Saturday, July 13, 2024

Can You Drink Too Much Water?

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“Make sure to drink a lot of water” — you’ve heard it from your parents, coaches, doctors, and friends. You may have even heard that 75 percent of Americans are chronically dehydrated, more motivation to grab your favorite water bottle and take a few swigs. But is it possible to drink too much water?

Unfortunately, yes. And it can have dire consequences. Hyponatremia (also known as water intoxication or water poisoning) can occur if you drink too much water in a short period of time, and in severe cases, it can result in death. With extreme heat waves hitting much of the country this summer — and people experiencing heat exhaustion or other heat illnesses as a result — it’s true that drinking enough water is important. But there are serious risks involved with drinking too much water too.

We asked a dietitian for the facts about how much you should be drinking, what happens if you drink too much water, and what symptoms to look out for that might signify you’ve had too much water.

Experts Featured in This Article

Liz Weinandy, MPH, RD, is a registered dietitian at the Ohio State University Wexner Medical Center.

What Happens If You Drink Too Much Water?

If you drink too much water in a short period of time, it can cause something called water intoxication. Water intoxication occurs because drinking an abnormally large amount of water flushes the system and causes sodium levels in the bloodstream to drop to a dangerously low level, explains Liz Weinandy, MPH, RD, registered dietitian at the Ohio State University Wexner Medical Center. The body needs adequate sodium to regulate blood pressure as well as a number of important functions, such as muscle contraction. Hyponatremia, the name for this condition, according to the National Library of Medicine, is extremely dangerous and can lead to unconsciousness, coma, and ultimately death.

Symptoms of Drinking Too Much Water

Worth underlining: getting to a state of hyponatremia is difficult, Weinandy says. To reach the point of water intoxication, “a person would be drinking so much fluid that they would feel nauseous and they might vomit,” she said. Other symptoms include headache and lethargy, confusion, or even restlessness and irritability, according to the Mayo Clinic.

Feeling sick while drinking too much water is part of the body’s system of checks and balances, which works to prevent us from unknowingly harming ourselves, she said. “The thirst mechanism will kick in when our body needs more fluids, and when we’ve had enough or a little bit more than enough, the mechanism that makes us repel against drinking anymore will also kick in.” Always listen to your body and don’t force yourself to drink more water if doing so is making you feel ill.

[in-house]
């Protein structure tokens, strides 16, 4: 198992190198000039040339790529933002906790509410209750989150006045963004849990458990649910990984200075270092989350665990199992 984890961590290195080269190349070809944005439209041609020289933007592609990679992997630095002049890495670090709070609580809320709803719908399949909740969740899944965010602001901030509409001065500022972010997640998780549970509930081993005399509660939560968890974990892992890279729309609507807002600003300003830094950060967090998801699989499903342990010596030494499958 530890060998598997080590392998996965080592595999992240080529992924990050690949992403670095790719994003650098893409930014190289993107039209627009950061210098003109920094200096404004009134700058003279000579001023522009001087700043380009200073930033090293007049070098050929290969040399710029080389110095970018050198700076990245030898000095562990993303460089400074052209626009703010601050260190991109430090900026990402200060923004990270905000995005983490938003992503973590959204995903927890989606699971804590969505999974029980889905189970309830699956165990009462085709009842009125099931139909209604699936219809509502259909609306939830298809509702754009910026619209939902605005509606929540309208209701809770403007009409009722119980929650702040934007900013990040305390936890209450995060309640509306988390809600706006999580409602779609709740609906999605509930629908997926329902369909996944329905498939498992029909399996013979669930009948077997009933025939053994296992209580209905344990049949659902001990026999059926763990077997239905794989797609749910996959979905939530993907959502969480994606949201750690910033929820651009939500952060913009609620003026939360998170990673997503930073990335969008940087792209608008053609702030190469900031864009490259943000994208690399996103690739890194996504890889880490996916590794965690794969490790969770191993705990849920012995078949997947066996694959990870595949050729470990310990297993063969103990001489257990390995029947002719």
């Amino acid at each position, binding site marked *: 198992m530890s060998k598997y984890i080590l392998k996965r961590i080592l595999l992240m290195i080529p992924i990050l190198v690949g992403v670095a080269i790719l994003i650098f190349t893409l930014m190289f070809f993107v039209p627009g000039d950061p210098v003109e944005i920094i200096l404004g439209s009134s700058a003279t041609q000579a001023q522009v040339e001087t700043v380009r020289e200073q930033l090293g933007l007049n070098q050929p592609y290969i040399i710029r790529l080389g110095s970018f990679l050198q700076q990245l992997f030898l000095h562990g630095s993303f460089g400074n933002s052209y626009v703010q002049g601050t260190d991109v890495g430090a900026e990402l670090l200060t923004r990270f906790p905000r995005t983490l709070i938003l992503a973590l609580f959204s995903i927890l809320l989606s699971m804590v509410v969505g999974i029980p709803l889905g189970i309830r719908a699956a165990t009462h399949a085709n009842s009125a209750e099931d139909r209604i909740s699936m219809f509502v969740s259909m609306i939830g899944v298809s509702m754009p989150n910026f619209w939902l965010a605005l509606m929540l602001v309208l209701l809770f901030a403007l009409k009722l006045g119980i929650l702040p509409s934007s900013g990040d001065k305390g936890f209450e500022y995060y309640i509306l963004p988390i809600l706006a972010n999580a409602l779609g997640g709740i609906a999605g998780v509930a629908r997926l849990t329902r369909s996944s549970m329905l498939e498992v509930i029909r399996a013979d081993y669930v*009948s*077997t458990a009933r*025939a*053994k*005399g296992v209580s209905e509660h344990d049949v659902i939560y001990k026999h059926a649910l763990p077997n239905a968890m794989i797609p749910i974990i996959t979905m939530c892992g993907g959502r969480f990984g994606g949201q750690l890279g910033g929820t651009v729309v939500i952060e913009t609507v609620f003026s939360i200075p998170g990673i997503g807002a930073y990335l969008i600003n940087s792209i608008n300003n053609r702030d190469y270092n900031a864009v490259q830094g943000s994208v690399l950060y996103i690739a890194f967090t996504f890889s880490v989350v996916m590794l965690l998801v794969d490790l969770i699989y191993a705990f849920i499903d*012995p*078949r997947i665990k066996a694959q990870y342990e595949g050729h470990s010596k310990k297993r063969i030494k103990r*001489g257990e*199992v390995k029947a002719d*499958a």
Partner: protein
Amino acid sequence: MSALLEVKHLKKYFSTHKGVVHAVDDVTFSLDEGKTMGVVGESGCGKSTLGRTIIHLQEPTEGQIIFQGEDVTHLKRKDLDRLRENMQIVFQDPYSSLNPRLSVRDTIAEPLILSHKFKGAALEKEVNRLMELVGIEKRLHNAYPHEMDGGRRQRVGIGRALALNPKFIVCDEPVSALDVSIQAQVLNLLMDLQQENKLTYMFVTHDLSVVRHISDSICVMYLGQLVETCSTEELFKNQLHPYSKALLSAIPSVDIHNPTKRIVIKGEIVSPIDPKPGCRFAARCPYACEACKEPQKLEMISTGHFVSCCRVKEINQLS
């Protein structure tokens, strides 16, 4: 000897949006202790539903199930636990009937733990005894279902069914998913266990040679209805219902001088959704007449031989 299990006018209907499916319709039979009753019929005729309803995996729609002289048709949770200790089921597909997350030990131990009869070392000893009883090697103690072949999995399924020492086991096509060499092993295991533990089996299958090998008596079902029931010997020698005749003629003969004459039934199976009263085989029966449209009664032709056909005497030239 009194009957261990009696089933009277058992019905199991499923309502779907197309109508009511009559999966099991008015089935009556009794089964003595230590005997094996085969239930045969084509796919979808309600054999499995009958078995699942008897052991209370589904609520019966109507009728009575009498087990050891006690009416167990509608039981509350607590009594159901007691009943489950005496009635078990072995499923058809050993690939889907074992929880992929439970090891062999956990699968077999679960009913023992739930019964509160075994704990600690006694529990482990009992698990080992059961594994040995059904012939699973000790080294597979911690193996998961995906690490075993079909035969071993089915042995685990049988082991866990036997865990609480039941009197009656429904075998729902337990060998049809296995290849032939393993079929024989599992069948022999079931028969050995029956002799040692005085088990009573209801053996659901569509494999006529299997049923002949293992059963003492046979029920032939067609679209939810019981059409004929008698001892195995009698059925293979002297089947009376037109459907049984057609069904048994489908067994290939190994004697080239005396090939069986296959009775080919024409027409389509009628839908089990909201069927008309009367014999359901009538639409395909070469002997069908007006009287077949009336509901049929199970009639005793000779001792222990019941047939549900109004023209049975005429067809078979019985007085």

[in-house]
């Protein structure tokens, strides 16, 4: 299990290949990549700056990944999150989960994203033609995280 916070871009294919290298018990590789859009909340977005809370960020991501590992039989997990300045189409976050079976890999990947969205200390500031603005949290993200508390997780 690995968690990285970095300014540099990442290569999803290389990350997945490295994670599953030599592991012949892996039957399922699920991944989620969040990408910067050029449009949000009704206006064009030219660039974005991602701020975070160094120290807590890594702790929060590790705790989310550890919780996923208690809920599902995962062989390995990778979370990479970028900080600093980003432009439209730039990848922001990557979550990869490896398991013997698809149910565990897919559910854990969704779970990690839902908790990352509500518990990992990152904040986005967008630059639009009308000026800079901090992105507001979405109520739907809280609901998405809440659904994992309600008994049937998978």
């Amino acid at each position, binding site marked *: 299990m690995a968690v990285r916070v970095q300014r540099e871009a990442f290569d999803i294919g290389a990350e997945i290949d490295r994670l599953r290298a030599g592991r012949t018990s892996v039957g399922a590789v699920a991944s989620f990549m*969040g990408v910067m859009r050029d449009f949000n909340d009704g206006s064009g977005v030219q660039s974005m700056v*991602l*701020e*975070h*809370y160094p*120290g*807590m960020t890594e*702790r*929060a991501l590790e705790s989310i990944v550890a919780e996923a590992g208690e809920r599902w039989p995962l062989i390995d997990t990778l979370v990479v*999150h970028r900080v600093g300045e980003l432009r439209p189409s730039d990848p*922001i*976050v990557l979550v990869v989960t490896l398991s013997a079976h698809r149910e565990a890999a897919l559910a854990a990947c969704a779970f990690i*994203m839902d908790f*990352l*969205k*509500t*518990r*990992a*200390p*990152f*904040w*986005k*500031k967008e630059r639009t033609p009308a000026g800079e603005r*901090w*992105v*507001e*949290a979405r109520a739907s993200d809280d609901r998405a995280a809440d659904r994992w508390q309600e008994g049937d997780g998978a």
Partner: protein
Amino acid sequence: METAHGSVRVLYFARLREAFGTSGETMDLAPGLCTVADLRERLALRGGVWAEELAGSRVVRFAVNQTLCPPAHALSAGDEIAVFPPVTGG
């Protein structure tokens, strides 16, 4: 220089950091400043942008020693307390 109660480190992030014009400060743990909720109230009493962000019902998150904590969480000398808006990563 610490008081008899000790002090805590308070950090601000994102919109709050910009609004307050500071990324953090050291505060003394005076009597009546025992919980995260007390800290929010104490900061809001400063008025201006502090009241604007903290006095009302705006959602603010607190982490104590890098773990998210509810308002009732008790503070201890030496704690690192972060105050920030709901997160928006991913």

The Mayo Clinic recommends seeking emergency care for anyone who develops severe symptoms of hyponatremia, including nausea and vomiting, confusion, seizures, or loss of consciousness. If you know you’re at risk of hyponatremia and are experiencing mild symptoms, such as nausea, headaches, cramping, or weakness, Mayo Clinic recommends calling your doctor.

How Much Water Can You Safely Drink?

There’s no universal cutoff for how much water you can drink before it becomes unhealthy. The limit for each individual person depends on gender, age, activity level, and more, Weinandy says. You may be at an increased risk of water intoxication if you have a medical condition, are on certain medications (such as diuretics, antidepressants, or pain medications), or doing intense physical activities (such as running long distances), according to the Mayo Clinic. In fact, a 2022 review in the Journal of Clinical Medicine reports that the probability of developing exercise-induced hyponatremia during a marathon is about 8.5 percent.

Staying in tune with your body’s signals is key to avoiding overhydration, Weinandy says. Check the color of your pee: If your urine is nearly clear, you’re adequately hydrated and don’t need to drink more, she says.

Pacing yourself while drinking water will also help keep the body in balance. Hydrate before, during, and after a sporting event to avoid fluid overload following exercise. For athletes who are losing a lot of electrolytes through sweat, it’s important to throw a sports drink into the mix. This will help replace necessary electrolytes such as sodium and potassium, Weinandy says.

In cases of extreme thirst, call your doctor before an excessive amount of water that could put you at risk for hyponatremia.

How Much Water to Drink Per Day

The amount of water you need to stay properly hydrated also depends on gender, age, and activity level, Weinandy says — but eight glasses a day is a reasonable goal, per the Mayo Clinic.

But rather than following strict guidelines, though, Weinandy recommends listening to your body. “I always tell people you should be drinking enough fluid to where your urine is really pale colored,” she says. “Aim for straw-colored or lighter.”

Samantha Lauriello is a PS contributor.



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